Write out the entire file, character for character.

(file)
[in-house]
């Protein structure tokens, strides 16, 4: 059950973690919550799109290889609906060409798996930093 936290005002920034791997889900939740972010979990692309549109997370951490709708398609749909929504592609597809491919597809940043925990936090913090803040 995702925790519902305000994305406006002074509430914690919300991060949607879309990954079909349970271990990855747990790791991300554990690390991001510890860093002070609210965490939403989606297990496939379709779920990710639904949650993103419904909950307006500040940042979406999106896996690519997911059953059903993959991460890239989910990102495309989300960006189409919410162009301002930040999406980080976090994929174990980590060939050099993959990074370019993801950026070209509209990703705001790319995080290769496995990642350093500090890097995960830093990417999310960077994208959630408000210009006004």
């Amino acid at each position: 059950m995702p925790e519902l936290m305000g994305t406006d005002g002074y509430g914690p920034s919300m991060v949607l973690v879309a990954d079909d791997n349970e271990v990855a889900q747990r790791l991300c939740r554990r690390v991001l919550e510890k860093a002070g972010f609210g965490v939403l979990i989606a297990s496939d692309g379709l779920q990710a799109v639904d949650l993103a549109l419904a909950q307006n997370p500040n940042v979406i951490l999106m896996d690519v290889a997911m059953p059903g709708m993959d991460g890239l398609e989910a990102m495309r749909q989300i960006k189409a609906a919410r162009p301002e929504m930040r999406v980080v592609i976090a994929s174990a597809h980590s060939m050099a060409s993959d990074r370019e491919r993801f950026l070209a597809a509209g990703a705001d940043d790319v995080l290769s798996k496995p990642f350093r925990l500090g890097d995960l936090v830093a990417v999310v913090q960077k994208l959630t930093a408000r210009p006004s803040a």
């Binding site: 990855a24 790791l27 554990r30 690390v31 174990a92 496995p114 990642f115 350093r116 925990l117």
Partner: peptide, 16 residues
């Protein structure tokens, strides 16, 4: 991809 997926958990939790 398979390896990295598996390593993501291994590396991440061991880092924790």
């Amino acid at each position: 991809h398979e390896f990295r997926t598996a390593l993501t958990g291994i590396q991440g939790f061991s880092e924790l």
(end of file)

[in-house]
């Protein structure tokens, strides 16, 4: 059950973690919550799109290889609906060409798996930093 936290005002920034791997889900939740972010979990692309549109997370951490709708398609749909929504592609597809491919597809940043925990936090913090803040 995702925790519902305000994305406006002074509430914690919300991060949607879309990954079909349970271990990855747990790791991300554990690390991001510890860093002070609210965490939403989606297990496939379709779920990710639904949650993103419904909950307006500040940042979406999106896996690519997911059953059903993959991460890239989910990102495309989300960006189409919410162009301002930040999406980080976090994929174990980590060939050099993959990074370019993801950026070209509209990703705001790319995080290769496995990642350093500090890097995960830093990417999310960077994208959630408000210009006004």
């Amino acid at each position: 059950m995702p925790e519902l936290m305000g994305t406006d005002g002074y509430g914690p920034s919300m991060v949607l973690v879309a990954d079909d791997n349970e271990v990855a889900q747990r790791l991300c939740r554990r690390v991001l919550e510890k860093a002070g972010f609210g965490v939403l979990i989606a297990s496939d692309g379709l779920q990710a799109v639904d949650l993103a549109l419904a909950q307006n997370p500040n940042v979406i951490l999106m896996d690519v290889a997911m059953p059903g709708m993959d991460g890239l398609e989910a990102m495309r749909q989300i960006k189409a609906a919410r162009p301002e929504m930040r999406v980080v592609i976090a994929s174990a597809h980590s060939m050099a060409s993959d990074r370019e491919r993801f950026l070209a597809a509209g990703a705001d940043d790319v995080l290769s798996k496995p990642f350093r925990l500090g890097d995960l936090v830093a990417v999310v913090q960077k994208l959630t930093a408000r210009p006004s803040a």
């Binding site: 990855a24 790791l27 554990r30 690390v31 174990a92 496995p114 990642f115 350093r116 925990l117």
Partner: peptide, 16 residues
């Protein structure tokens, strides 16, 4: 991809 997926958990939790 398979390896990295598996390593993501291994590396991440061991880092924790």
């Amino acid at each position: 991809h398979e390896f990295r997926t598996a390593l993501t958990g291994i590396q991440g939790f061991s880092e924790l």